Dec. 2 - You know those advent calendars you got as a kid—or that maybe your Christian friends got and made you wonder what the hell kind of weird pagan rituals they practiced?

They're usually sheets of cardboard with scenes of the navity or Christmas mirth or pugilistic snowmen on them. They're covered with little numbered flaps, from one through twenty-five, and each day from December 1st through Christmas you open the corresponding flap to be rewarded with a picture of a candy cane or some goddam thing.

They have Advent calendars here in Denmark, too, but they're big-time. Television stations (public and private) issue their own Advent calendars that you can buy at stores or the post office; what you reveal each day on your calendar corresponds to a little segment you'll see that day at 6pm on the associated television channel.

(Trine swears it was great fun as a kid, but the idea of her and her family huddled around the television, Advent calendars in hand, strikes me as weirdly atavistic. Trine's younger than me. She should have grown up with memories of Christmas diskettes or something.)

Anyway, I decided to get into the Advent swing of things as part of my ongoing effort to understand this strange and wonderful country.

I was interested in the Danish Radio calendar because it's about elves and Santa Claus, whereas the TV2 calendar is about Jesus and Josefine—it looks like what you'd get if Disney offered an animated serial about the adventures of pubescent Jesus. The idea of a cartoon Jesus cranked up on hormones was more than I'm prepared for (although I may find room for it in my next play, The Jesus and Mohammed Comedy Hour).

I didn't actually buy the calendar because you can follow the adventure online without having to cough up thirty kroner (it's Christmastime and I'm semi-unemployed, so these things count—yeah, yeah, bah yourself).

This year's Danish Radio Advent-ure (get it? I made that up myself) seems to be about Santa's elves having retired to the West Indies, where they've established their own island (Nissernes , or "The Elves' Island"). From what I gather, the children of Denmark (and I) will be required to help save the elves from—and I'm not making this up, though I'm surely misunderstanding it—some renegade bogus Santa, who's corrupted the elves with his American notions of Christmas.

In the December 1st game, playable at the link above, you'll have to guide your way through a palpably untropical landscape on skis, dogsled, and kayak, shooting polar bears and some other fast-moving winter creature I couldn't identify before you finally reach Santa, or at least someone who looks like him.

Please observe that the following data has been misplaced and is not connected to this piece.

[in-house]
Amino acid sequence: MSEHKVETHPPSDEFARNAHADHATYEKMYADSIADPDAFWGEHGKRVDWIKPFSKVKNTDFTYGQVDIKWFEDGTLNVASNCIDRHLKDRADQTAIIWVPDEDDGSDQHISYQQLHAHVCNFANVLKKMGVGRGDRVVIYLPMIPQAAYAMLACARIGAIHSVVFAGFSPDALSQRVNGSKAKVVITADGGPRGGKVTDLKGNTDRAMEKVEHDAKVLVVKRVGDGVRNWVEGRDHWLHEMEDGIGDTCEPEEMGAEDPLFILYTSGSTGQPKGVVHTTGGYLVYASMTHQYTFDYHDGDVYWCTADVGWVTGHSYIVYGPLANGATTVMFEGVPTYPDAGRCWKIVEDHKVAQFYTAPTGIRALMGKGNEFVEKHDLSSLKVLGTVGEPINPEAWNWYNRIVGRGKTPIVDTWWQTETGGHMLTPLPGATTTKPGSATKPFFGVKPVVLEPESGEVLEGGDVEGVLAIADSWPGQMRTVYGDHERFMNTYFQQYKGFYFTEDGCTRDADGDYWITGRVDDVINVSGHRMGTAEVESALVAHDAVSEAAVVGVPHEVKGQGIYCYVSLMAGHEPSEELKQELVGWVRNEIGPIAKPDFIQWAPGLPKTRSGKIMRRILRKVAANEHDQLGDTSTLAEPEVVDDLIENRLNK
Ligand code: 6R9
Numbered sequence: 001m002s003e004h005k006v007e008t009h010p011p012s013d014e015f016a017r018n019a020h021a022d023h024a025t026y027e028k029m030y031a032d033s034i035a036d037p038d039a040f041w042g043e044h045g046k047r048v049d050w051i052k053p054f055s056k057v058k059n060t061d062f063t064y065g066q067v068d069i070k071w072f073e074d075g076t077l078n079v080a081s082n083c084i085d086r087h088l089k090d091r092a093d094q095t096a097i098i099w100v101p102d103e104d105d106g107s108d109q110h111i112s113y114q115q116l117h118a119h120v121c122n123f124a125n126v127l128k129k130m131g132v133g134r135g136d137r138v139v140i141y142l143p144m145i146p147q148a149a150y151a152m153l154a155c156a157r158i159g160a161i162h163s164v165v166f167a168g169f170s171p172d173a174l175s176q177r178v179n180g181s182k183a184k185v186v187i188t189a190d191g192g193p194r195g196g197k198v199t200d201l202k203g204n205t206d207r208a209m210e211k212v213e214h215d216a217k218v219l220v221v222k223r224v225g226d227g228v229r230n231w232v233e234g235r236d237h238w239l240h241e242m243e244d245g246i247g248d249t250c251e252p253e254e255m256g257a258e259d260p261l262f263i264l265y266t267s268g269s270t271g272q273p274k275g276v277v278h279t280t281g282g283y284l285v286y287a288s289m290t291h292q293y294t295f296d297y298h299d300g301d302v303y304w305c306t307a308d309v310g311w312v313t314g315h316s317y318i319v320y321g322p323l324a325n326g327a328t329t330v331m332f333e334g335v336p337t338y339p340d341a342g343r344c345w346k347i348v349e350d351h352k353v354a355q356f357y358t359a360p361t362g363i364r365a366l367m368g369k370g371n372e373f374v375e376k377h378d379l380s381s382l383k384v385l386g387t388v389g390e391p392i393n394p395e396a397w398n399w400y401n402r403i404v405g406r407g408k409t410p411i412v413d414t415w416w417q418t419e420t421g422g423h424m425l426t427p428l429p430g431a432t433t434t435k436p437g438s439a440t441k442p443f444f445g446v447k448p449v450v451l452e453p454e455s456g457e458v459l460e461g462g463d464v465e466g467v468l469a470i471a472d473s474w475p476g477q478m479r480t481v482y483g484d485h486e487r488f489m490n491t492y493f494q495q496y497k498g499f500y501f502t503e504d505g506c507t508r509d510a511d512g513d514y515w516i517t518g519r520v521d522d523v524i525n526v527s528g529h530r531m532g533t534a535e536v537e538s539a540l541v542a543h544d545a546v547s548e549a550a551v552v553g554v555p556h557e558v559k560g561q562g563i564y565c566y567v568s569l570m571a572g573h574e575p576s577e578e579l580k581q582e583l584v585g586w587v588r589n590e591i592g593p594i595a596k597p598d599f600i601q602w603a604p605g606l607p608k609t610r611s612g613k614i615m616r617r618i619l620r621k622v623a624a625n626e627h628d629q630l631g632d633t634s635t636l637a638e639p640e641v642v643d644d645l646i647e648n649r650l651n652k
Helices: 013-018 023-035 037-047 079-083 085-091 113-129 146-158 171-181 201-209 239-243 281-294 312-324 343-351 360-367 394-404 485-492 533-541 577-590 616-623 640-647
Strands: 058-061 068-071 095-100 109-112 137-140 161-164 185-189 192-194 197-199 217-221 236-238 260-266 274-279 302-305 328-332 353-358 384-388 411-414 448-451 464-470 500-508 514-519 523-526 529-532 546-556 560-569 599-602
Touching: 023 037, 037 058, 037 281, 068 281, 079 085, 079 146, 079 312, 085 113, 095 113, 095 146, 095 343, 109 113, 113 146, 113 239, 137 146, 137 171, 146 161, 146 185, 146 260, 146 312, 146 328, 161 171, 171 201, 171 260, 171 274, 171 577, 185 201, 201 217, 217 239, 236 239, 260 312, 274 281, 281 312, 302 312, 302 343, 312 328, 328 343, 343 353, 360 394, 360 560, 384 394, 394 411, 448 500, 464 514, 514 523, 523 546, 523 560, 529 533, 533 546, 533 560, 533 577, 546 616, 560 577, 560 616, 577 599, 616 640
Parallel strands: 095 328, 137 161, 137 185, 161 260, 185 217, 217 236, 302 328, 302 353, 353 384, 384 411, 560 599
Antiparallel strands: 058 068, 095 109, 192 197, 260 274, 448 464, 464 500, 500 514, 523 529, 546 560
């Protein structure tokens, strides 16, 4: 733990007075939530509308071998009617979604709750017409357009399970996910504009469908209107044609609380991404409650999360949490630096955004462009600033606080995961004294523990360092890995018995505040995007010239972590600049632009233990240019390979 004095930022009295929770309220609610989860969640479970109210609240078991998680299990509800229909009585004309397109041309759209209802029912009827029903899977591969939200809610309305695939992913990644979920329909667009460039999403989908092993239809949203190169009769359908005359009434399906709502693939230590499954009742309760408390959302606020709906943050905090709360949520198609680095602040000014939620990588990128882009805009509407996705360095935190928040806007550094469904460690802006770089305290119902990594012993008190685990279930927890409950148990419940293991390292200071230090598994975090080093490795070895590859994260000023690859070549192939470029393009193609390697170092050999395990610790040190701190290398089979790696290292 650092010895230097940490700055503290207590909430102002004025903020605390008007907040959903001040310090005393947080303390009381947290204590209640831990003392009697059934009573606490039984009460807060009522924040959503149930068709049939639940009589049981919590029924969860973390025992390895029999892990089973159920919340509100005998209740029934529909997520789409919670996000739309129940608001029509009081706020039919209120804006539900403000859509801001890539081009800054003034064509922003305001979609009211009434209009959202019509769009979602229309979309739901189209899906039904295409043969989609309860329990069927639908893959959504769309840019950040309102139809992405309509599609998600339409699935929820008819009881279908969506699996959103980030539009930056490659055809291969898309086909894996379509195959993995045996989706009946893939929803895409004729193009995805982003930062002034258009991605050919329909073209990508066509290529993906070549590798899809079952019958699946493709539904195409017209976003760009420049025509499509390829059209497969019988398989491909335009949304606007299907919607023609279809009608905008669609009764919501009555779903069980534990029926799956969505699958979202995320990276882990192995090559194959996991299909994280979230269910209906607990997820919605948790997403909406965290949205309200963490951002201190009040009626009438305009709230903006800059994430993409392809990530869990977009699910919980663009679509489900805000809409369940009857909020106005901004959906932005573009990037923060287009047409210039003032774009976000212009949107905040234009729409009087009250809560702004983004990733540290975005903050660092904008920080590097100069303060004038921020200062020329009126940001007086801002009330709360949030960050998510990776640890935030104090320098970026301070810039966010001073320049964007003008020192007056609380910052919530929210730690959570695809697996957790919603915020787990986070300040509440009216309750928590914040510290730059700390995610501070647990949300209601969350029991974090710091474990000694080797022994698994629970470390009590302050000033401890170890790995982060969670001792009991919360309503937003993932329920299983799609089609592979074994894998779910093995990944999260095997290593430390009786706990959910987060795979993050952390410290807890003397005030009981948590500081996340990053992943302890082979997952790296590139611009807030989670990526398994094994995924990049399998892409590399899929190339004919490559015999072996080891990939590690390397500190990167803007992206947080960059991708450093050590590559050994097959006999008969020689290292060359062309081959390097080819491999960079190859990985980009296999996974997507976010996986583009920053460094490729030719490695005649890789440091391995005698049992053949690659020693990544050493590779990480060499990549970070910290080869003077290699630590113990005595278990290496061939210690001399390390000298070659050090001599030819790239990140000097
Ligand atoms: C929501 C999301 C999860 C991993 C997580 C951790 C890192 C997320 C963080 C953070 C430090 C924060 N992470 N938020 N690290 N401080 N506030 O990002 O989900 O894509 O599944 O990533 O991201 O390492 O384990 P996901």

What that has to do with the West Indies or American commercialism is beyond me, but it would be wrong to anticipate seamless logic from a television station called "Danish Radio." Besides, it's for kids—manually dextrous kids, apparently—and it's only December 1. (I realize it's the 2nd by the time you read this, but that's your problem.)

The game is fun, although all the instructions and buttons are in Danish.

Good luck!

* * *

A few December factoids I forgot yesterday: December is the twelfth month of the year and therefore receives its name from decem, the Latin word for ten. December is International Calendar Awareness Month, Safe Toys and Gifts Month, and Colorectal Cancer Education and Awareness Month. The first week in December is both Deaf Heritage Week and Flossie Beadle Week.

(Check with local law enforcement agencies before planning your Flossie Beadle bonfire or purchasing your Flossie Beadle fireworks.)

* * *

The Monroe Doctrine was proclaimed on this day in 1823. The doctrine set forth the principle that meddling European bastards should keep their meddling goddam hands out of the Americas. It should not be confused with the Marilyn Monroe Doctrine, which stated that fondling European bastards should keep their fondling goddam hands out of—

It's Independence Day in Laos. In the United States it's National Fritters Day.

Britney Spears is 22 today. She shares her birthday with Monica Seles (1973), Tracy Austin (1962), Cathy Lee Crosby (1948), Gianni Versace (1946), Maria Callas (1923), Charles Ringling (1863), and George Seurat (1859).

Happy Tuesday!

2003, The Moron's Almanac™

[close window]
[Daily Briefing Archive]